You can do either – it’s your choice, but the theory suggests that you should listen to the feedback and change the idea according to the market wishes. It’s usually the cheapest, easiest thing you can do.
A good mentor can take you places
Getting a mentor is super fun, just don’t give him the official title and literally call him ‘mentor’ (that’s just weird). Try to find a person whose opinion matters to you. Then aspire to perceive the world from their perspective. Listen carefully, and ask good questions.
It’s going to be easier if you start searching for a mentor from your network. Do you know someone that’s a specialist in an area you want to work in, a savvy entrepreneur or a marketing-god? Replace your weekly weather/family/life chats with useful questions. At the end of the day, you’ll combine fun with fresh knowledge.
What to search for in a mentor?
Start with respect. Find someone who respects you and vice-versa. The communication will be much easier, argumentative and challenging. Finding a mentor who feels superior to you won’t spark a debate, and might end up as a lecture.
A good mentor is someone who is constantly challenging herself. It’s inspiring to see that even at the top of the chain individuals realise there is still knowledge that needs to be conquered. When someone is on a constant lookout for new opportunities, she sure will remind you to work harder if you start slacking.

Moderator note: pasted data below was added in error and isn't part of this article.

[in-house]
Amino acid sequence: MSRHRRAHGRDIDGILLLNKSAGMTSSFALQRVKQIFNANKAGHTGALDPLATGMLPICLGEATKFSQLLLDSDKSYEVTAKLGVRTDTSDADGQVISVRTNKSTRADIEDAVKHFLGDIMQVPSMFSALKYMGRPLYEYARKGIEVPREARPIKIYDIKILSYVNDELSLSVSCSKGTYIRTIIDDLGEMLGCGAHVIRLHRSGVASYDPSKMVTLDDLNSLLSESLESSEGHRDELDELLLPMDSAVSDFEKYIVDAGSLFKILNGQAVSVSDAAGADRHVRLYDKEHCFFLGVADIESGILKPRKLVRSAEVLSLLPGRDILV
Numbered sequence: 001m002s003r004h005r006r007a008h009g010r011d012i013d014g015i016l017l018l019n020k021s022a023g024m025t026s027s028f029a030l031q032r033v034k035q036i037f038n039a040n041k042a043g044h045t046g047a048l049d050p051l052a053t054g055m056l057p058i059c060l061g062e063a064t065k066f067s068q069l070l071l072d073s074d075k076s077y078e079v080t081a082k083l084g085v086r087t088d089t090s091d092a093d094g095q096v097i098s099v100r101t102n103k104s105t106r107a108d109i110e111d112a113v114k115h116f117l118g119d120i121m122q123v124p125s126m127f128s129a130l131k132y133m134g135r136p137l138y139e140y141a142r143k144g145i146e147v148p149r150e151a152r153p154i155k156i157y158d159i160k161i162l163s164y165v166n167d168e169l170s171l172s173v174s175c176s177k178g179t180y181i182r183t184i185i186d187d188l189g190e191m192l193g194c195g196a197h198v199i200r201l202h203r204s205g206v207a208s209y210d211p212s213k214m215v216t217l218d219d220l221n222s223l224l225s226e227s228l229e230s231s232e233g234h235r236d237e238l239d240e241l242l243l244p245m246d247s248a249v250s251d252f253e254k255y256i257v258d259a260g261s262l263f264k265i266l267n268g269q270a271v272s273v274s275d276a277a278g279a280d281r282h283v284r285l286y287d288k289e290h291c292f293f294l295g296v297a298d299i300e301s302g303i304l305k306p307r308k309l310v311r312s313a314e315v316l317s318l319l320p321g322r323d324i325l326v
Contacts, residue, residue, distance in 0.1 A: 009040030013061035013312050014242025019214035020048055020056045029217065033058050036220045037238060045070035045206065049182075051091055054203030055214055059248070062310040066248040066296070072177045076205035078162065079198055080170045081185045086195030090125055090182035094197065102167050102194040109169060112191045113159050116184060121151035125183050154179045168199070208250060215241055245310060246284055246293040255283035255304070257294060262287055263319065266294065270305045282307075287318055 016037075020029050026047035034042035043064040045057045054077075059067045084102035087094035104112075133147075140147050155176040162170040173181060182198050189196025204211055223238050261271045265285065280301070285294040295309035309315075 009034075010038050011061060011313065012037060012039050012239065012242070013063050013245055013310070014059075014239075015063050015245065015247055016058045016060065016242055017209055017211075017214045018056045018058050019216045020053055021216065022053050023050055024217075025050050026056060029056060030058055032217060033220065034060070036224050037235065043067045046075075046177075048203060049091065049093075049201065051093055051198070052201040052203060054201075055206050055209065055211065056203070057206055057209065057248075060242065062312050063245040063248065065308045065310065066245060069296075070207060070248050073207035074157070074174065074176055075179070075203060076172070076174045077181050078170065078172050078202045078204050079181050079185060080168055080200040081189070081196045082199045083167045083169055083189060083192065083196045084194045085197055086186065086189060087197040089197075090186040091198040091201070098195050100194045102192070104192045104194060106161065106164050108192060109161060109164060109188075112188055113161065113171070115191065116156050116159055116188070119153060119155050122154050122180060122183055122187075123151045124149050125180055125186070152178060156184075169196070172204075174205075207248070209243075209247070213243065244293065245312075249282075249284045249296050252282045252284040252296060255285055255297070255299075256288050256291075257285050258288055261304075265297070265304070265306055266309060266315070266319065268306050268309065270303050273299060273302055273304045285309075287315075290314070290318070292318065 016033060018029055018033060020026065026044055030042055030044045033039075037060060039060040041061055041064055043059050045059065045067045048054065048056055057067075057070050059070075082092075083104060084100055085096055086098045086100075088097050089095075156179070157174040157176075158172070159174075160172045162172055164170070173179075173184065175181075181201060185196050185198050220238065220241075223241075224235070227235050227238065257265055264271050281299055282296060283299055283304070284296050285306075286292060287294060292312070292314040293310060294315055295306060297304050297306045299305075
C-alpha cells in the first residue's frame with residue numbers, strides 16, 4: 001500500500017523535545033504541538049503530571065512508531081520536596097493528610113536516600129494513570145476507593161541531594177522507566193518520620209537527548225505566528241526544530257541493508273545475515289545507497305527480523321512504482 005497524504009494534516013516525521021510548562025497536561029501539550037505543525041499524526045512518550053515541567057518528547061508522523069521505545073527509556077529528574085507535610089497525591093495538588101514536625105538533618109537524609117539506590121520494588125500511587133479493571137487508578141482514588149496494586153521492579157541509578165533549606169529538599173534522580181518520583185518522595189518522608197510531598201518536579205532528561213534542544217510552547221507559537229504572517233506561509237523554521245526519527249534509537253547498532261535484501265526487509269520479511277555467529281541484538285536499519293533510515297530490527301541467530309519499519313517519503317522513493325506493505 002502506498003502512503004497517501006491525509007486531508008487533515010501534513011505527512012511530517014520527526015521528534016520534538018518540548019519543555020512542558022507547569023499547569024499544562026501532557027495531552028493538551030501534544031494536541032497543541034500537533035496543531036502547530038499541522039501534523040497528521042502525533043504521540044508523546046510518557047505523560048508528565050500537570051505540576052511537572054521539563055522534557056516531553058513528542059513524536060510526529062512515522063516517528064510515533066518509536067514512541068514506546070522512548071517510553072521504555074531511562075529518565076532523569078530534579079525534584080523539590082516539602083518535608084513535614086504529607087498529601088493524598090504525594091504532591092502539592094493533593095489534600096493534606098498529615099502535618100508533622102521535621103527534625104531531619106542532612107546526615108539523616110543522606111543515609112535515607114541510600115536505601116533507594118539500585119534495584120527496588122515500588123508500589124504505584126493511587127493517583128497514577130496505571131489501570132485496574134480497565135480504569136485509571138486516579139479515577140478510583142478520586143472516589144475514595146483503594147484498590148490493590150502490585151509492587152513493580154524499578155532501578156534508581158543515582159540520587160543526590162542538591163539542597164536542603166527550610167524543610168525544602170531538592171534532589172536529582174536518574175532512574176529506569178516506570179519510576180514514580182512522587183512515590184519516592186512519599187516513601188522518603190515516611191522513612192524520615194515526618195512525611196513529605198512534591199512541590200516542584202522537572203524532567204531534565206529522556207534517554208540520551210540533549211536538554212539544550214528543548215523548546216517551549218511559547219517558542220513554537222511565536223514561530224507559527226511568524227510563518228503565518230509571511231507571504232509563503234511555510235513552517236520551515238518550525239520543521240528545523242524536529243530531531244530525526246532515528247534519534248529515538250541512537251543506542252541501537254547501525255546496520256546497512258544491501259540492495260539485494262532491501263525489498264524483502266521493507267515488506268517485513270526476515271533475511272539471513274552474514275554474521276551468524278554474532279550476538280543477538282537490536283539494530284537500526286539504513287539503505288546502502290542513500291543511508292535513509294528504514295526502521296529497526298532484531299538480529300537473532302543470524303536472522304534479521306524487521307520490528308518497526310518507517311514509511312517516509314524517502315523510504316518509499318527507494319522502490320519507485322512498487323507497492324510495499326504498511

Blogs and podcasts are the hidden gems of business advice
I always thought it’s best to learn from your mistakes. Until I started listening to podcasts and reading blogs. All the interviews with successful entrepreneurs give you one awesome advantage: you don’t need to repeat their mistakes to learn the same lesson.
Challenges and wrong turns everyone faced had a common result: debt. Some took it on to pay salaries, their rent, or just to survive. In most of the stories that ended up in debt, the entrepreneurs changed something about their business models to deal with their lack of funds and to avoid future crisis.
Thanks to them you can avoid the debt that’s otherwise unavoidable. You’ll surely make other mistakes but they will be cheaper.